Every year, Bookish invites authors to share advice on craft, personal histories, and more with our readers through short essays. This year, authors delved into a wide array of fascinating topics, from the challenges of co-authorship to sexism in the horror genre. Every essay published on our site has inspired us, but here we’ve rounded up a few that stuck with us all year long.
“You don’t have to have a clearly defined 10-year-plan, or even a 10-minute plan. Because real grit, real independence, is proven in the moment. It’s in the experiences you choose.”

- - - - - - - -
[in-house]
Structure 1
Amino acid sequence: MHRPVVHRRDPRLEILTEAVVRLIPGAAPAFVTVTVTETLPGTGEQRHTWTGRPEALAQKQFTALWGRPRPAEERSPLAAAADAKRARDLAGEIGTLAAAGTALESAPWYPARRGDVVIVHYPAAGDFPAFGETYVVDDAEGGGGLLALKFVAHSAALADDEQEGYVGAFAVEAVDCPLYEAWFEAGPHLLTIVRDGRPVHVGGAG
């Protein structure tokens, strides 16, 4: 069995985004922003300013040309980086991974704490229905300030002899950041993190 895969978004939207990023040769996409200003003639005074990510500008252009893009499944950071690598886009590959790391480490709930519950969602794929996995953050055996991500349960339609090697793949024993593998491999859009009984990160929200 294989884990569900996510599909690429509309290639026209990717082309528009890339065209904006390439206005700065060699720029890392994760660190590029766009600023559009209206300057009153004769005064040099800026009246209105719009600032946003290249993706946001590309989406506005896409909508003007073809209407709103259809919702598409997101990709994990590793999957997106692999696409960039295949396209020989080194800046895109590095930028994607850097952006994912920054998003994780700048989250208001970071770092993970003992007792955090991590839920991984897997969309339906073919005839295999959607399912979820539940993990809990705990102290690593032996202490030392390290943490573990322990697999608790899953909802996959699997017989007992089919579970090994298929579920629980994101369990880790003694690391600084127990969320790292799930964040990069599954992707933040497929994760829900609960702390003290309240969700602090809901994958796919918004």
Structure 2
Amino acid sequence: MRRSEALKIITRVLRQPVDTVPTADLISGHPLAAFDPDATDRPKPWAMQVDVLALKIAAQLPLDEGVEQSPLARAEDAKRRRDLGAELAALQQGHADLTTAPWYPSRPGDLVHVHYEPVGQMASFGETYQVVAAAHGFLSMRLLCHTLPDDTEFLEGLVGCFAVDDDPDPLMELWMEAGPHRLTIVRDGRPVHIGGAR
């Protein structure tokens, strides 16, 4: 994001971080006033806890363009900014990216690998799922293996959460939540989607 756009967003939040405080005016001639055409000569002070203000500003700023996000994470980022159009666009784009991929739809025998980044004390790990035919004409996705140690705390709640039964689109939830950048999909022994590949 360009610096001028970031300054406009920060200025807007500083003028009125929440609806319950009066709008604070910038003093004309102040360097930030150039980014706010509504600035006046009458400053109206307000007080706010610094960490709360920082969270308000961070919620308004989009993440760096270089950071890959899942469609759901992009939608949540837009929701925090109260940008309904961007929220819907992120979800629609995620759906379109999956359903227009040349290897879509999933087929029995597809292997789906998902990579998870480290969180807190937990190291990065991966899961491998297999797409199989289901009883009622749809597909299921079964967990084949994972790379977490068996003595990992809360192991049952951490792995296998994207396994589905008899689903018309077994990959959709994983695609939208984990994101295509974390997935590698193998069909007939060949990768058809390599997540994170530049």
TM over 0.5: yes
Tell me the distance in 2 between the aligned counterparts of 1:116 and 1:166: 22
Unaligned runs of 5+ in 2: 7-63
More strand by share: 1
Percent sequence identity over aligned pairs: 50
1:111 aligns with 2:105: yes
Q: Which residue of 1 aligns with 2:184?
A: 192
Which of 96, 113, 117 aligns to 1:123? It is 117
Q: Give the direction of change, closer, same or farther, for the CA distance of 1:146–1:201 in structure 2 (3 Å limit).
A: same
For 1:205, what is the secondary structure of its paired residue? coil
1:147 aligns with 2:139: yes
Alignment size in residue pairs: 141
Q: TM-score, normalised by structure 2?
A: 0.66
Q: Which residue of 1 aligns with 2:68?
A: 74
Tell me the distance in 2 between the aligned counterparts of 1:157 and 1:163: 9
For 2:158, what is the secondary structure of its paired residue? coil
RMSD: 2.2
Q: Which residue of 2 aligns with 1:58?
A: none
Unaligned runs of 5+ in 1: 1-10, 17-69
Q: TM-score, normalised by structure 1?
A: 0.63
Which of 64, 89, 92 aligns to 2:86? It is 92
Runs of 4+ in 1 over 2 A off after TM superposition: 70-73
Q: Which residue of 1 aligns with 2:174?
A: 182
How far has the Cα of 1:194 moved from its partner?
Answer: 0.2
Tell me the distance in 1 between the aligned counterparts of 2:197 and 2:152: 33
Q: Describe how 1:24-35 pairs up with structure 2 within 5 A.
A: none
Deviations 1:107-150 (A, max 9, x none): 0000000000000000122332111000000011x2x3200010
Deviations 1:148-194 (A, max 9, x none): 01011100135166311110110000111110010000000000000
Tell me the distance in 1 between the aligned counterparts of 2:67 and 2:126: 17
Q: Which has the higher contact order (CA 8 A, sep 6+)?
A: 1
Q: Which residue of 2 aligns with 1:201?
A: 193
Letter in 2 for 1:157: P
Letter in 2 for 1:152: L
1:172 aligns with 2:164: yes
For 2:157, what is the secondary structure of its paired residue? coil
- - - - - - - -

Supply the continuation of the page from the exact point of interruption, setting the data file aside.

“I don’t know how to describe the feeling of opening a book and finding something perfect inside… I knew that this would be the book for me, one I would love forever.”
“Even though Abby’s story was not mine, and Abby is not me, I knew that it still meant putting some real parts of me into the story. And that scared me.”
The Summer of Jordi Perez (and the Best Burger in Los Angeles) author Amy Spalding talks about the importance of fat narratives that don’t treat characters like before and after photos.
“Then came the scary declaration… Maybe we shouldn’t write together anymore.”
“Seeing ourselves in narratives is empowering. Being able to see ourselves in others is transformative.”
“Let’s tell stories about women who are not tools, not vessels, not objects, but are instead flawed, messy creatures whose pain, fear, and triumphs deserve their own stories.”